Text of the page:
The rapid development of combat aircraft during the First World War saw a range of different design ideas experimented with. As the belligerents clawed for air supremacy, engineers tried all sorts of new concepts, all seeking to give their respective militaries the upper hand, if only for a brief period.
The biplane soon became the favoured format for aircraft on both sides. With generally good visibility and excellent manoeuvrability, biplanes largely set the standard for the fighter aircraft of the First World War. But the constant need for better and better aircraft meant that aeronautical engineers soon began to study how adding an additional wing would affect performance.
The standard was set by the Sopwith company, who in May 1916 flew their Triplane scout fighter.
This proved extremely effective over the Western front and led to a Germans developing their own superior equivalent, the Fokker Dr.1. This in turn achieved huge fame as the final mount of the infamous Red Baron, Manfred von Richthofen, the highest scoring fighter pilot of the war.
However, even as Sopwith were developing their Triplane, another company was considering another option. If two-wings were good, but three was likely to be better…why not jump straight to four-wings!?
Meet the Armstrong-Whitworth F.K.10.
Several other designers and companies also experimented with the quadruplane, but the F.K.10 was one of the very few aircraft of this type to see service. Though truth be told, the description “seeing service” is pushing it a bit.
The F.K.10 was the brainchild of Dutch designer Frederick Koolhoven. If you have read my article on the F.K.58 fighter, well you are familiar with Koolhoven. But in short, Koolhoven was sort of to the British what Anthony Fokker was to the Germans; an expatriate Dutch designer who came up with some good concepts and aircraft.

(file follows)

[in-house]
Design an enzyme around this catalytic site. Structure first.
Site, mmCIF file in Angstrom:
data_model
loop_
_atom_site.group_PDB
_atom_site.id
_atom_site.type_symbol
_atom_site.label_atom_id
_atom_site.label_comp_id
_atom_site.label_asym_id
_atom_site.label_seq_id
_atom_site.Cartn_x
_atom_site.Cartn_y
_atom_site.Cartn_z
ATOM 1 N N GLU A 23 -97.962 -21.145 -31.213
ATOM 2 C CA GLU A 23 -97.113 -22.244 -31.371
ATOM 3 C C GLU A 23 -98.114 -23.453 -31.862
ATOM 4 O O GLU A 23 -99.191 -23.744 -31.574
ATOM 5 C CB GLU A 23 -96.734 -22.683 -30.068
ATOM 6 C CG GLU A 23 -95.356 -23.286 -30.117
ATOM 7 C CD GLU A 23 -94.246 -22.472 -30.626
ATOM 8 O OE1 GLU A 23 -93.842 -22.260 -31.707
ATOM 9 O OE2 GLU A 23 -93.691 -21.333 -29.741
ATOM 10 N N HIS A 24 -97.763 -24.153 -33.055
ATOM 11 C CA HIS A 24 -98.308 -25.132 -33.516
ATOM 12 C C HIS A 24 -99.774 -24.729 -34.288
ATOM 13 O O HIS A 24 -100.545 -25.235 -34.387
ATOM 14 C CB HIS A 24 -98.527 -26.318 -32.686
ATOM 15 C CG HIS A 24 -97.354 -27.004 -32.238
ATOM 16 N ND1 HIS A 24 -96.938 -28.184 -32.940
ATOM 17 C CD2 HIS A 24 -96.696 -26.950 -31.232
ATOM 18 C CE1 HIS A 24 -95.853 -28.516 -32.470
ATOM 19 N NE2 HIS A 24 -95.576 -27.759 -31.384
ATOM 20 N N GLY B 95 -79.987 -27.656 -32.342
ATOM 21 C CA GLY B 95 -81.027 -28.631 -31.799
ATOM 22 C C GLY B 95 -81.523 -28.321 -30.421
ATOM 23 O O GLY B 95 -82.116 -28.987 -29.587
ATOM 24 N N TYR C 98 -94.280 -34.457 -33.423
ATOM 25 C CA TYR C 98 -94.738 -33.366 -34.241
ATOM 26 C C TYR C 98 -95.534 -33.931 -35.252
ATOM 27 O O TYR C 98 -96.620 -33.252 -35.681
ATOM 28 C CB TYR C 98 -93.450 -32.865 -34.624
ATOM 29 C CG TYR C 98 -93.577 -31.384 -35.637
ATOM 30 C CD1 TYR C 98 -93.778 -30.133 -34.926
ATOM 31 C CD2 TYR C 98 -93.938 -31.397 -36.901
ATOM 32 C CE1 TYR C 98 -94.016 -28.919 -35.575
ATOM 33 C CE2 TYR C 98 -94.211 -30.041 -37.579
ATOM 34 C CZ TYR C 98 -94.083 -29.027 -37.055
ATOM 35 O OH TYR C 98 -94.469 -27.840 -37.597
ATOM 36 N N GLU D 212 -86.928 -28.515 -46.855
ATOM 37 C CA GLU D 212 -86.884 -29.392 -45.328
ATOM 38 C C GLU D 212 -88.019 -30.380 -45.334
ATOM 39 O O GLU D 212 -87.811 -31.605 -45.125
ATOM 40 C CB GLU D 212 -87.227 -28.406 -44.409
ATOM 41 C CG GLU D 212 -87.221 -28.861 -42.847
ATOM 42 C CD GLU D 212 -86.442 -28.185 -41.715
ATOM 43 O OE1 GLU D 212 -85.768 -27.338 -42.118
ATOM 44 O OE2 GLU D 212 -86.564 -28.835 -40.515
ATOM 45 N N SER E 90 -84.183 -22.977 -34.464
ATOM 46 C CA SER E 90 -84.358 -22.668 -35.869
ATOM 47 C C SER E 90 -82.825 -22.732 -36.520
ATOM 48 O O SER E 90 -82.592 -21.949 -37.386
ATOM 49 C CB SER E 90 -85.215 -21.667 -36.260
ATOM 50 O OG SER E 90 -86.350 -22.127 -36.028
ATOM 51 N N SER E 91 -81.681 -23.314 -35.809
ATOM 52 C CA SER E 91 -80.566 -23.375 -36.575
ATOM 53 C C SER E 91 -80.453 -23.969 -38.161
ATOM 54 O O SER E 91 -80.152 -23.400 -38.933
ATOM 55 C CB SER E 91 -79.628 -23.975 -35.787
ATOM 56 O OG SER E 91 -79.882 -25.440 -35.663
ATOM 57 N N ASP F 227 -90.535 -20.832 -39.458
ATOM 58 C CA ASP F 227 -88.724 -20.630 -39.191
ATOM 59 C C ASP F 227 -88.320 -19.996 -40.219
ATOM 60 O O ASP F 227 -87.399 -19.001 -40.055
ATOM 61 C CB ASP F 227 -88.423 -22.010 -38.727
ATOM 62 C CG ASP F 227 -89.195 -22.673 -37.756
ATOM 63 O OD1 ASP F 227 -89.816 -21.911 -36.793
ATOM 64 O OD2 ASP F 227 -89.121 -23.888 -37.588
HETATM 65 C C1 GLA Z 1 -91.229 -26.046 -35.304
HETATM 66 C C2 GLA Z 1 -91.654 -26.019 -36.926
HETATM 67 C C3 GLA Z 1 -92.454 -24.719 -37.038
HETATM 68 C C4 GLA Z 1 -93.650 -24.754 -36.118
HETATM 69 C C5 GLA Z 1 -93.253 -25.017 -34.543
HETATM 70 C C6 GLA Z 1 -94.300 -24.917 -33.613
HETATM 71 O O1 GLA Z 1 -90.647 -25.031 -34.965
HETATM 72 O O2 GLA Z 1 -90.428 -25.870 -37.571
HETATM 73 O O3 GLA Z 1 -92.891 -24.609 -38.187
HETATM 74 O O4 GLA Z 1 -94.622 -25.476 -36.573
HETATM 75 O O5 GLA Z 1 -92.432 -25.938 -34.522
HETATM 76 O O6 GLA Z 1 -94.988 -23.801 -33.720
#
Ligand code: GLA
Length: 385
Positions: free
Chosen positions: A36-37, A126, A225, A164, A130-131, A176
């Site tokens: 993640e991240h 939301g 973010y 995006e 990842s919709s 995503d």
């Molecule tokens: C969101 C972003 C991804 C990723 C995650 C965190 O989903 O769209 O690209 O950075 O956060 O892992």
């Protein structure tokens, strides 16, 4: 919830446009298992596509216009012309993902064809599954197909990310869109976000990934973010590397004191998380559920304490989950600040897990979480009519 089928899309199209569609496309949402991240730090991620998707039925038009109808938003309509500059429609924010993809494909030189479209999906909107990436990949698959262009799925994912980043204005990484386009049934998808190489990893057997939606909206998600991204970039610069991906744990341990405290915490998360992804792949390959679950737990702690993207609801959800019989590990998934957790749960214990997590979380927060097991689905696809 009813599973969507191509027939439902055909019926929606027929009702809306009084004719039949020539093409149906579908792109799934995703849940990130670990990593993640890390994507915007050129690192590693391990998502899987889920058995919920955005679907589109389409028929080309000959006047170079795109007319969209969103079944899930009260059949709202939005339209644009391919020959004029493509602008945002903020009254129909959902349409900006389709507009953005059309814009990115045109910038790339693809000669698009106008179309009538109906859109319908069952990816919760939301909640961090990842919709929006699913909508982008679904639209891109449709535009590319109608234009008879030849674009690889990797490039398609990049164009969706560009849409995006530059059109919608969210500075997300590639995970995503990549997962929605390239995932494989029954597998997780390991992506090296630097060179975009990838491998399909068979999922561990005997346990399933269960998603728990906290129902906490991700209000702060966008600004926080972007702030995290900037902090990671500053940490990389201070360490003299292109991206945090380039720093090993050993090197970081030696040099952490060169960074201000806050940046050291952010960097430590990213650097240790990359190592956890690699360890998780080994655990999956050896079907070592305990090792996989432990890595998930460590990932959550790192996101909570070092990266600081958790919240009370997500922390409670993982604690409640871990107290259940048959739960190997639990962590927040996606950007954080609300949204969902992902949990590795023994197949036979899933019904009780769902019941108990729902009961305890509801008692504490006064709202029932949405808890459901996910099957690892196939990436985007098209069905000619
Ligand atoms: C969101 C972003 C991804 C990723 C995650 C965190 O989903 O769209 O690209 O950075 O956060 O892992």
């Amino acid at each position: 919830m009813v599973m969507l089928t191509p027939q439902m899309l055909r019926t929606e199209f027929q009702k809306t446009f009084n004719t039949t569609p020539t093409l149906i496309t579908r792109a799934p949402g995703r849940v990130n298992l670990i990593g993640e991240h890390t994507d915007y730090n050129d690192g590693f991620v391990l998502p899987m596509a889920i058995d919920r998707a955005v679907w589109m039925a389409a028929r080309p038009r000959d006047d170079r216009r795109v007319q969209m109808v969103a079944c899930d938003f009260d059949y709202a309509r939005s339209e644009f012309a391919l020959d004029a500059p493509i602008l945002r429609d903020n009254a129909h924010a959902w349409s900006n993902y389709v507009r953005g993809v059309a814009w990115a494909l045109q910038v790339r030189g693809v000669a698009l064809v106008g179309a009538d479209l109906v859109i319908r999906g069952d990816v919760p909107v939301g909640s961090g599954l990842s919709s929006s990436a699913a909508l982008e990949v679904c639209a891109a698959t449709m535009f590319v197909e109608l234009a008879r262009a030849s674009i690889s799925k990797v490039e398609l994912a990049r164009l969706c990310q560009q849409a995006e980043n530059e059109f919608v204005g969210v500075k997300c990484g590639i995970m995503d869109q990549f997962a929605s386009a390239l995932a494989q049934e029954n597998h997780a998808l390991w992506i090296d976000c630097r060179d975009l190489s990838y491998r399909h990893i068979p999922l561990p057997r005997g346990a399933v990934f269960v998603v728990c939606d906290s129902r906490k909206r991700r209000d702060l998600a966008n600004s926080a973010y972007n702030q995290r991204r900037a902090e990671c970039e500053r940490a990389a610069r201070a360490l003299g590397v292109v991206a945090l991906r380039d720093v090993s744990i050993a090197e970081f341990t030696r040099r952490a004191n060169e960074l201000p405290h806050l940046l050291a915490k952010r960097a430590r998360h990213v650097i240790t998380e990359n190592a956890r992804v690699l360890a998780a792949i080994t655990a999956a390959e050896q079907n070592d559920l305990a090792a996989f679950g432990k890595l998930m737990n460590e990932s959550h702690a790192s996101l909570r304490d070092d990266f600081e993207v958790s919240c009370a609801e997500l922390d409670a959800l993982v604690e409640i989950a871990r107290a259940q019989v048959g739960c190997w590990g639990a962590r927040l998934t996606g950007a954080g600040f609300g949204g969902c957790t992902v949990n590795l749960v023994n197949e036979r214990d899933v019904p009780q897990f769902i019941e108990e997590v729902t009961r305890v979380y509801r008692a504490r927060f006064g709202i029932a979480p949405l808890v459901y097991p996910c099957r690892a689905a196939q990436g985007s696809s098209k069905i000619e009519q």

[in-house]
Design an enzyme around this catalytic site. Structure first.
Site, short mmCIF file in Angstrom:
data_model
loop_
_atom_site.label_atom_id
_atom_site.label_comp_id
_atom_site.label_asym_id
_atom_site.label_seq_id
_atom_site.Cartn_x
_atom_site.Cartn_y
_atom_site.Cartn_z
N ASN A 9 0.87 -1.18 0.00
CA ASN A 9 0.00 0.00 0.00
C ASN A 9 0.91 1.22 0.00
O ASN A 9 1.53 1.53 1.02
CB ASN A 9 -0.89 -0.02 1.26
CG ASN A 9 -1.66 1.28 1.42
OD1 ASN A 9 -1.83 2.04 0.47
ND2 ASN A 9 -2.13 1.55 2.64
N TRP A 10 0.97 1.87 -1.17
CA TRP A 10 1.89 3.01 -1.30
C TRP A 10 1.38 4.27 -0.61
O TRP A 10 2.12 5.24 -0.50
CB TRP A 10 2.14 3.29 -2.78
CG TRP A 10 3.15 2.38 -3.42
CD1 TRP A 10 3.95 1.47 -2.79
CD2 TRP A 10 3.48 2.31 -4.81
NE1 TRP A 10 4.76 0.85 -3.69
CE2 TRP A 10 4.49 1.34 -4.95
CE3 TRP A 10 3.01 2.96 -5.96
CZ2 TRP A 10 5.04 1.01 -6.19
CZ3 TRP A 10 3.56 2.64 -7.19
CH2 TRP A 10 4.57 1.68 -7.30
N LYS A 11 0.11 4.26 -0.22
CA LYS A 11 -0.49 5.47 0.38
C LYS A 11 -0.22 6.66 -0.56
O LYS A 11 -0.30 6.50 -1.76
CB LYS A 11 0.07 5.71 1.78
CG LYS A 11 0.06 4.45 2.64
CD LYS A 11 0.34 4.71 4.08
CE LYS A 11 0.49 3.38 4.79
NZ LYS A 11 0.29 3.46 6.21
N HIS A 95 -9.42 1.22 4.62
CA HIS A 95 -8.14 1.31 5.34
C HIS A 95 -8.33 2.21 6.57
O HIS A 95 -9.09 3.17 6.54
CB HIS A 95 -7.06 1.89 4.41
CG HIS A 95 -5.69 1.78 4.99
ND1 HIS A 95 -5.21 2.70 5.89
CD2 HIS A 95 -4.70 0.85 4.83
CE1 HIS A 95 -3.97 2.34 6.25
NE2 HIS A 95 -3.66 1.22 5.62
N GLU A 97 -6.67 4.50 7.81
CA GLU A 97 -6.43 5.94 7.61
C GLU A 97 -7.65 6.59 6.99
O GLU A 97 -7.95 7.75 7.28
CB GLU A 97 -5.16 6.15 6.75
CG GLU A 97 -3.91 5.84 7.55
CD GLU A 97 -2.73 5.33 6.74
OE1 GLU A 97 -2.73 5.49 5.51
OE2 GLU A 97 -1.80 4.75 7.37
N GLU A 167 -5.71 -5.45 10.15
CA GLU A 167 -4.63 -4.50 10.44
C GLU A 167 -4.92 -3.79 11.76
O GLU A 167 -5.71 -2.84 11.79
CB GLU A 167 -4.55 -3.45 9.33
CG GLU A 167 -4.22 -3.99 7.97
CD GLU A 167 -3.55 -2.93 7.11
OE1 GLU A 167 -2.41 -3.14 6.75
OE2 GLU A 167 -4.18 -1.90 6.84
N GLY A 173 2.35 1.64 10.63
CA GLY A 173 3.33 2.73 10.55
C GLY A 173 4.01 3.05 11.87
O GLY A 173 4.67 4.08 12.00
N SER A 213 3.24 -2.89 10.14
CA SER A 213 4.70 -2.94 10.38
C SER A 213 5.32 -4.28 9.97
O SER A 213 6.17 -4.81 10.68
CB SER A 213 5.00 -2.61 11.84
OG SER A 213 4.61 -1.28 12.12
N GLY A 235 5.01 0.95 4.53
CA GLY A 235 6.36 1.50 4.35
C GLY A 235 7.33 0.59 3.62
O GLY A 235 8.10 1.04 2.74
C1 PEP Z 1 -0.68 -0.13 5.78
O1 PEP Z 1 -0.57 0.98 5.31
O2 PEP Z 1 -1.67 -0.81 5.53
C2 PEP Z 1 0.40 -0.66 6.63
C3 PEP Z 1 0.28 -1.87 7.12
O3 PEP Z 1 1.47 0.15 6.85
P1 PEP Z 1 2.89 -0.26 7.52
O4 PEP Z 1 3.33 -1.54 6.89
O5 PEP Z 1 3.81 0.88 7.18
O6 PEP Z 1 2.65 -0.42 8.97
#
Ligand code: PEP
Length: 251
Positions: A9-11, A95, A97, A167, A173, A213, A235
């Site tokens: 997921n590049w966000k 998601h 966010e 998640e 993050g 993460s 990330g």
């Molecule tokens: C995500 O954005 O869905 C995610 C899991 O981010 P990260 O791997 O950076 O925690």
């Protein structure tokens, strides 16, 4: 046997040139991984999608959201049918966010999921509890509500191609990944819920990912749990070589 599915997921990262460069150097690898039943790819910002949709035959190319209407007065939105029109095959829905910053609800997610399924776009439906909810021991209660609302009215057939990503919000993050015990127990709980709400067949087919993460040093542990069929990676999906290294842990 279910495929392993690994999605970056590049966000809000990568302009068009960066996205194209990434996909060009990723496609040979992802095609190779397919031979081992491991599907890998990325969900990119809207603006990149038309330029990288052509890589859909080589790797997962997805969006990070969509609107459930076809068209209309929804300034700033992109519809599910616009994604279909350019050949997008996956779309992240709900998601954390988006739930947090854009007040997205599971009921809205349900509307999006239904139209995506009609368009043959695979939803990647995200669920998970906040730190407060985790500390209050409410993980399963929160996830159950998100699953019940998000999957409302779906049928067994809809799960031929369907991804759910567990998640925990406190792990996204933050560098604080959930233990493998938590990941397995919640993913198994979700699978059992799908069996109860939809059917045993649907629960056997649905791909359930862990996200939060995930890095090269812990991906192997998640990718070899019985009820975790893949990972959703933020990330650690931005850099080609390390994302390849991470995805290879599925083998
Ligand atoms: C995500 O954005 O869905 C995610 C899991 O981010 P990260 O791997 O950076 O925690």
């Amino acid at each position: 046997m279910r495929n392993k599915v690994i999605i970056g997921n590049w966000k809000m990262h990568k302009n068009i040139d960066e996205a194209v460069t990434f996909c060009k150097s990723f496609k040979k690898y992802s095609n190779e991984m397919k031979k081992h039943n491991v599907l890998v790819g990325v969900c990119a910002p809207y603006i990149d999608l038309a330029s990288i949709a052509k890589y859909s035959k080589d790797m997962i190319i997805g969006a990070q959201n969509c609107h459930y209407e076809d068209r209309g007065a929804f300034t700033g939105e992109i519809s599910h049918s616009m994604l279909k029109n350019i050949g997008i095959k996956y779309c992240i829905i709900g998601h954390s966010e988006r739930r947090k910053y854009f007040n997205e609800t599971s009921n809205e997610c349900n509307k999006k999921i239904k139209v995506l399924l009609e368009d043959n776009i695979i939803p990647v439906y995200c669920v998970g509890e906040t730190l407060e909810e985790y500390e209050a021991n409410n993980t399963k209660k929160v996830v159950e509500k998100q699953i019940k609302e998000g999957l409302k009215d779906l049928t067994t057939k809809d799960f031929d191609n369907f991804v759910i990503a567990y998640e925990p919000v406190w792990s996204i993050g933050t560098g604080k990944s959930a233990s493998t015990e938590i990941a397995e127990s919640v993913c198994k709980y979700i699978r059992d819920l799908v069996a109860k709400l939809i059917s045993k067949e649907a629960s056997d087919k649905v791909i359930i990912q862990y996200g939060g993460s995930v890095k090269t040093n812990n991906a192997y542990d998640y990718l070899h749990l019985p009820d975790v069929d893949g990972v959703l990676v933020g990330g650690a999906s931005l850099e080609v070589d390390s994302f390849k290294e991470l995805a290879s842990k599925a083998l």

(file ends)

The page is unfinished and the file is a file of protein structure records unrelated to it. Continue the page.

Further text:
And amongst these ideas was an interest in tri-and-quadruplanes. Koolhoven made some experiments with these types, and by the summer of 1916 Armstrong-Whitworth flew the F.K.9 prototype. This aircraft, a private venture, was a quadruplane single-engine observation fighter with a two-man crew.
Tested by the Central Flying School in late 1916, the F.K.9 proved good enough for a production order to be placed for fifty aircraft of a modified design, designated the F.K.10. This had a 130 hp Clerget 9B rotary engine, a more-rounded fuselage that was wider and deeper to improve crew comfort, strengthened undercarriage and an altered tailplane. The two-man crew were retained, and armament was a single Vickers .303 machine gun fixed in front of the pilot and a Lewis gun on a flexible mount for use by the observer to the rear.
The four wings were, understandably, the most unusual element of the aircraft. Giving the F.K.10 a very deep appearance, the wings required a thick interplane strut to run through them all to provide the structure with sufficient strength to fly.
The pilot’s cockpit was located directly behind the engine and under the top wing, with the wings backwards crank meaning the pilot intersected the front of the second wing and sat forward of the bottom two.
In March 1917, the first F.K.10 was put through its paces.
It was not good.
Though the idea that more wings would provide extra agility at the cost of some speed had some merit in some of the triplanes, four wings just provided too much drag. This seems to have been further compounded by the requested changes, which reduced performance as compared to the F.K.9.
The F.K.10 had a top speed of only 84 mph, an endurance of two-and-a-half hours, and a ceiling of 10000 ft. This was all inferior to the existing British observer scout aircraft of the time, the Sopwith 1 ½ Strutter. Plus, at the same time testing on the F.K.10 was underway, the Royal Flying Corps was receiving the new Bristol F.2 two-seat fighter.
This was a vastly better aircraft and would go on to be built in the thousands.
Not the case for the F.K.10.
A total of eight were built – five for the RFC and three for the Royal Naval Air Service. Further orders were rapidly cancelled, and the aircraft were used for testing due to their odd construction to see if anything worthwhile could be wrung from them.
In terms of agility, the type was reported to have good handling, but the pilots apparently did not trust the design. As a result, by July 1917 all had been transferred to technical units for training and ultimately use as ground targets.
This marked the end of the F.K.10, one of very few quadruplanes to actually get a production order.